Manuel: To get a good sense where they’re at and where their horse is at, horses are pretty safe over, under, around them, when they are relaxed, calm, at ease, even blind spots, spook spots, danger zones, are only dangerous if a horse is elevated. The same is true of humans. If I can give that skillset to people, then I am pretty sure I am giving them the skillset that doesn’t show up in a lot of books or a lot of standards that they can practice in a lot of ways. I tend to not care if they are not holding the reins exactly right, or if the equipment is mis-matched with an English bridal and a Western saddle, or vice versa. I don’t really care [Laughing].

Are they safe? Are they having fun? Are they able to pursue whatever the next question is? I am good with that.

Jacobsen: This experiential knowledge transfer is non-standardized in a way. How could it be standardized?

Manuel: Right?

Jacobsen: The thin line between the verbal and the non-verbal. In journalism, the verbal is everything when integrated with the non-verbal, but the presentation of the verbal is everything. In the equine industry, a greenhorn, myself, or an experienced person, yourself the non-verbal is everything, and the verbal, couldn’t care less, by the sounds of it. Same time, it raises questions to the other portion of that question, originally, outside of the individual into the organizational. So, Equine Canada was mentioned. There are federations, societies, associations, provincially and otherwise, in the country, or international with FEI, to try to set a standard, to attempt to set a standard. I have heard mixed opinions about these organizations.

Manuel: Yes.

Jacobsen: What are the efforts to make a standard teaching regimen, so everyone, at least, has an acceptable minimum when training?

Manuel: Yikes. I’m going to ask you. I’ve been working on this problem as long as I have had the formalized business because, as soon as you formalize business, then you have to contend with public perception, personal standards (and why), communication with the outer world (because there is a world beyond my herd), insurance (a massive one) and how do we do that. I argue all the time with insurance brokers every year when I have to pay that bill.

Yes, this isn’t anywhere as dangerous as they purport because of the experience, because of my approach. They don’t deal with it that way. They quote all this data and evidence. I say, “Yes…. No.” [Laughing] I challenge the evidence because there is no comparison between overseeing Riding 4 Life and someone who bought a horse, who they can manage to catch, saddle up, and ride. Who invites their friend to get on it, they end up in the E.R.

These are different things altogether. As far as insurance companies gather their data, they don’t distinguish between the two. Immediately, I have a problem with the data because those people will not purchase business insurance. I do. I don’t want to suffer for their mistakes. That’s one example of the organizational issues facing us. The other one, I talk about it, when it comes up. We compare the horse industry to other industries. Like healthcare, healthcare says it’s evidence-based. It has a leg to stand on because it doesn’t select data democratically.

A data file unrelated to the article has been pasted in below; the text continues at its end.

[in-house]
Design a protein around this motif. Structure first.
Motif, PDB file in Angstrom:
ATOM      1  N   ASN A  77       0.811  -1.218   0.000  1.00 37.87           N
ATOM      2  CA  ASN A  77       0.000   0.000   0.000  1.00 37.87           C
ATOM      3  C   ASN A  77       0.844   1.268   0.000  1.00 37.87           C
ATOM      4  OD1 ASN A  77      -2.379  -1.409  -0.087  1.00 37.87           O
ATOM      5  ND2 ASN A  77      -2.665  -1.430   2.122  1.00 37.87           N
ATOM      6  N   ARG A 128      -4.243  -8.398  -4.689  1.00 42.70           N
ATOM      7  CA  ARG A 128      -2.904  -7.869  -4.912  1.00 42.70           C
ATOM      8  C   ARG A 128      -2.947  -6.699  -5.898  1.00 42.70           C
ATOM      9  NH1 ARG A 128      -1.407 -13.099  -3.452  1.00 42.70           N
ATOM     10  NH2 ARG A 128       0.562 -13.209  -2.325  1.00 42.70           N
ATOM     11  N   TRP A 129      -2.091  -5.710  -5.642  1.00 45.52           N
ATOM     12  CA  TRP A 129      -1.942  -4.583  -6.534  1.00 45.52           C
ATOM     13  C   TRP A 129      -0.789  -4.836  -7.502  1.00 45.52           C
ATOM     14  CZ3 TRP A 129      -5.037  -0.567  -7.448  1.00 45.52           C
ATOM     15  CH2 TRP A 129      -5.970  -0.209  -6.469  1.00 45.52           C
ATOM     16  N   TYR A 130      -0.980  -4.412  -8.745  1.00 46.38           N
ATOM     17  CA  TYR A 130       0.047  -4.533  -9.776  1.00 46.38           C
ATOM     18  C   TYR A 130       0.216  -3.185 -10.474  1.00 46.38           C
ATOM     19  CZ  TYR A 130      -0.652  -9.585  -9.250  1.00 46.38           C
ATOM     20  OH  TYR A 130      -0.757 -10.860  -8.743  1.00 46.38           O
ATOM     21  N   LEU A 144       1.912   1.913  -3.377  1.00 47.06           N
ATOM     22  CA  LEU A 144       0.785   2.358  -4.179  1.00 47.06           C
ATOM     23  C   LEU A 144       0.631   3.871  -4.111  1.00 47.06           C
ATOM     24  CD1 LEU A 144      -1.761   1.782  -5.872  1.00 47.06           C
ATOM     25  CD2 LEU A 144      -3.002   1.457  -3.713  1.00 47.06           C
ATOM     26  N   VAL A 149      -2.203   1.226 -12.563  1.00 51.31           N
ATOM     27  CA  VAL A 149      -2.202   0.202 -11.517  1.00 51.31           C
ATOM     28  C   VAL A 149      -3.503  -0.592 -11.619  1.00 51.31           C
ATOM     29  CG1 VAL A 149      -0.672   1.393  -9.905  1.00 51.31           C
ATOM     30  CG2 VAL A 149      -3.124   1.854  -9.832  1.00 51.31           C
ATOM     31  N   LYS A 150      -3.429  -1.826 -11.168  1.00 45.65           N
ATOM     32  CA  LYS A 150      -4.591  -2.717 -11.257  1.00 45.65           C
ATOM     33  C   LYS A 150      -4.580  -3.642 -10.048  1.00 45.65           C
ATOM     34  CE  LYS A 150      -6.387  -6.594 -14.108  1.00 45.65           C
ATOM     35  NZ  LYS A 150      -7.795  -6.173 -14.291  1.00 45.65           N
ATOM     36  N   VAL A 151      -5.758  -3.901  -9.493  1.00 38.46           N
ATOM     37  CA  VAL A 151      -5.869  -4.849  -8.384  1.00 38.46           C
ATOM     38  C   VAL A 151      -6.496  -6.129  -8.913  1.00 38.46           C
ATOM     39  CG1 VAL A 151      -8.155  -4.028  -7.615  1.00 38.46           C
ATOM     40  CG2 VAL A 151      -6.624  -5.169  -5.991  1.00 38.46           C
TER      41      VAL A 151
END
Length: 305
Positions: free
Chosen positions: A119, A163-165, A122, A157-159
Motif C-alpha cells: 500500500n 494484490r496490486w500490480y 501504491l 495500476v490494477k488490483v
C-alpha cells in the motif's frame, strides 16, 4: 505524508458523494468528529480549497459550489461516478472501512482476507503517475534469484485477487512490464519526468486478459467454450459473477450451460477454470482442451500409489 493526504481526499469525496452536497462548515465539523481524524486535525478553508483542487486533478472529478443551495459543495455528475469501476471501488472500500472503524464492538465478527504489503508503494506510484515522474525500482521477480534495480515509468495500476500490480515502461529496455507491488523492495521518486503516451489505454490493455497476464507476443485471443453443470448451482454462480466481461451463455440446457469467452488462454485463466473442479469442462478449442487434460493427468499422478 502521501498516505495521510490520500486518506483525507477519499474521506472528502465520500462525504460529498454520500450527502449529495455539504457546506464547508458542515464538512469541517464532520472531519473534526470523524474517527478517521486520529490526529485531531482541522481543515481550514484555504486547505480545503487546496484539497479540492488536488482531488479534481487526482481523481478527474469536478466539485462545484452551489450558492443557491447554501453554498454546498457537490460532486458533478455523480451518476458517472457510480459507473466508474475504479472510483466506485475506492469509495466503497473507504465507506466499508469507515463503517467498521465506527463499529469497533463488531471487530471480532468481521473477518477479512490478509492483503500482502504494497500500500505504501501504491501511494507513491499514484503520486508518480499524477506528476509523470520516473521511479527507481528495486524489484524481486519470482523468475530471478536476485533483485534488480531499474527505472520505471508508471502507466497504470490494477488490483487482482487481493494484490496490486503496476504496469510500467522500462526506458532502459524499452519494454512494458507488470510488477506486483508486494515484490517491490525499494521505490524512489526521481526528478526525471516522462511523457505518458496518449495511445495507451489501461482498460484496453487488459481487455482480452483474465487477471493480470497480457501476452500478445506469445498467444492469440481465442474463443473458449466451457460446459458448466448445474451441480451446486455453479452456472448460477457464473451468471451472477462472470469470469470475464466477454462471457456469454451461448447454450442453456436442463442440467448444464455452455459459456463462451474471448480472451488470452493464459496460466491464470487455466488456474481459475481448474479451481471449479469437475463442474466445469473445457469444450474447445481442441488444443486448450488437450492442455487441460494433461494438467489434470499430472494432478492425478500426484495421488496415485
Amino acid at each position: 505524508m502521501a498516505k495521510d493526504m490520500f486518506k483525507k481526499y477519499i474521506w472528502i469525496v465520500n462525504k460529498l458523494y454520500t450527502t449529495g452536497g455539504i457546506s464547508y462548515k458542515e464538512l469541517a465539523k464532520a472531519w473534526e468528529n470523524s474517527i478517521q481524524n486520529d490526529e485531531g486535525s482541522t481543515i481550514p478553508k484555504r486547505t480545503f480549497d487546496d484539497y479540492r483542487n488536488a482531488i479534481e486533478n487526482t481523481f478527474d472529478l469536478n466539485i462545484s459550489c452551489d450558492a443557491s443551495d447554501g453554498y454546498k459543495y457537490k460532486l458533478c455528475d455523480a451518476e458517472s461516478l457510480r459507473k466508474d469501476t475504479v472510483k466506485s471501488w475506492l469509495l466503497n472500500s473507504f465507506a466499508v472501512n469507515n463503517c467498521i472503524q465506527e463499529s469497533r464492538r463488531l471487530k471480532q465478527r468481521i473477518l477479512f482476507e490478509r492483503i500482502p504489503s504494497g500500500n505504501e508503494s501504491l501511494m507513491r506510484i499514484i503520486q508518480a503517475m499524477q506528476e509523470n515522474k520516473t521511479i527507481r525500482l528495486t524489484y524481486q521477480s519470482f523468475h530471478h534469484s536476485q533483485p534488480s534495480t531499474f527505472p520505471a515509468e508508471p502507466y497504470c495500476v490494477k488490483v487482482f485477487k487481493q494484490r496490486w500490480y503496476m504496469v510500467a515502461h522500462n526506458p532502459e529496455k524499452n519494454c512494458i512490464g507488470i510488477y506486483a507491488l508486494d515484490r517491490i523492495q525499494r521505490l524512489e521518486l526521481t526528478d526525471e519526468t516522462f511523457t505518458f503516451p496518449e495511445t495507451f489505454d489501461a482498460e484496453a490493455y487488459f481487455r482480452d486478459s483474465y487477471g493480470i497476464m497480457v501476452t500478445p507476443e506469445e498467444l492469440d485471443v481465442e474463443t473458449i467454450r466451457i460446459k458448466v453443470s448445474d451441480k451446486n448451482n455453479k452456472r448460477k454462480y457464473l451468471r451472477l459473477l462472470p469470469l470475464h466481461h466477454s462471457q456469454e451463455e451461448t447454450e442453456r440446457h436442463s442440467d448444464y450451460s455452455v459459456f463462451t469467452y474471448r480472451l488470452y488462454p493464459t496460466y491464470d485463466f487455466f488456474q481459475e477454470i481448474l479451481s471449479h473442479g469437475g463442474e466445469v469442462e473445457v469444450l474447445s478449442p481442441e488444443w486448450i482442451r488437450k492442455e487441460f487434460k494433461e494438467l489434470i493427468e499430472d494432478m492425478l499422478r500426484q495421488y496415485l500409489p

There is scientific method behind it. There is a whole lot of education behind what data, how that data is collected, how that data is used. There are a lot of checks and balances. I have yet to find an organization in the equine industry on this planet based on postsecondary education who meets this criterion of evidence-based. These are all member driven organizations. There are very few criteria that you have to meet to be a member. In most cases, you don’t have to own a horse or prove that you’ve ridden one ever. You just purchased the membership.

Jacobsen: It seems like a massive gap.

Manuel: My father-in-law, he takes pictures. He says, “You guys are doing great and goes home.” He could purchase a membership. Now, he is a voting member. So, right there, stop, guys! These membership driven associations produce a standard, a watered-standard, unspecific standard that those who are exercising their franchise in that organization can’t agree on, by simple majority. I’m like, “This is not adequate.” I don’t have a better answer at this point.

There are a whole bunch of cultural and historical things leading us to this place. Healthcare in the Western world has grown and improved for the – let’s say – last 100 years. It is the best technology, best practice, professionalism, education, and standardization. Our government is involved in it. The notion of peer-reviewed, where there are folks who hold PhDs holding others accountable.

When I was a teenager coming up, there was a woman who ran a large ranch who sat on the committee for the curriculum and standards for Equine Canada’s Western program. The advice given to me by my mom, when I was 10, 11, 12, 13, was: If you go there, don’t tie your horse to anything, don’t let it drink out of the water troughs, there were practices happening there. Even my amateur experienced horse owning mom knew, she didn’t want our horses exposed to it. This is a person who was at the forefront in the ‘80s and ‘90s developing the standardized Western curriculum for Equine Canada. So, yes, there are big problems. How do you vet those people?

Jacobsen: This is the divisiveness (positives and negatives) in conversation on the record and off the record coming my way, even in the earliest portions of this series.

Manuel: What? I am not alone?

Jacobsen: [Laughing] It is extremely common.

Manuel: We cannot change the problem if we don’t correctly identify it first.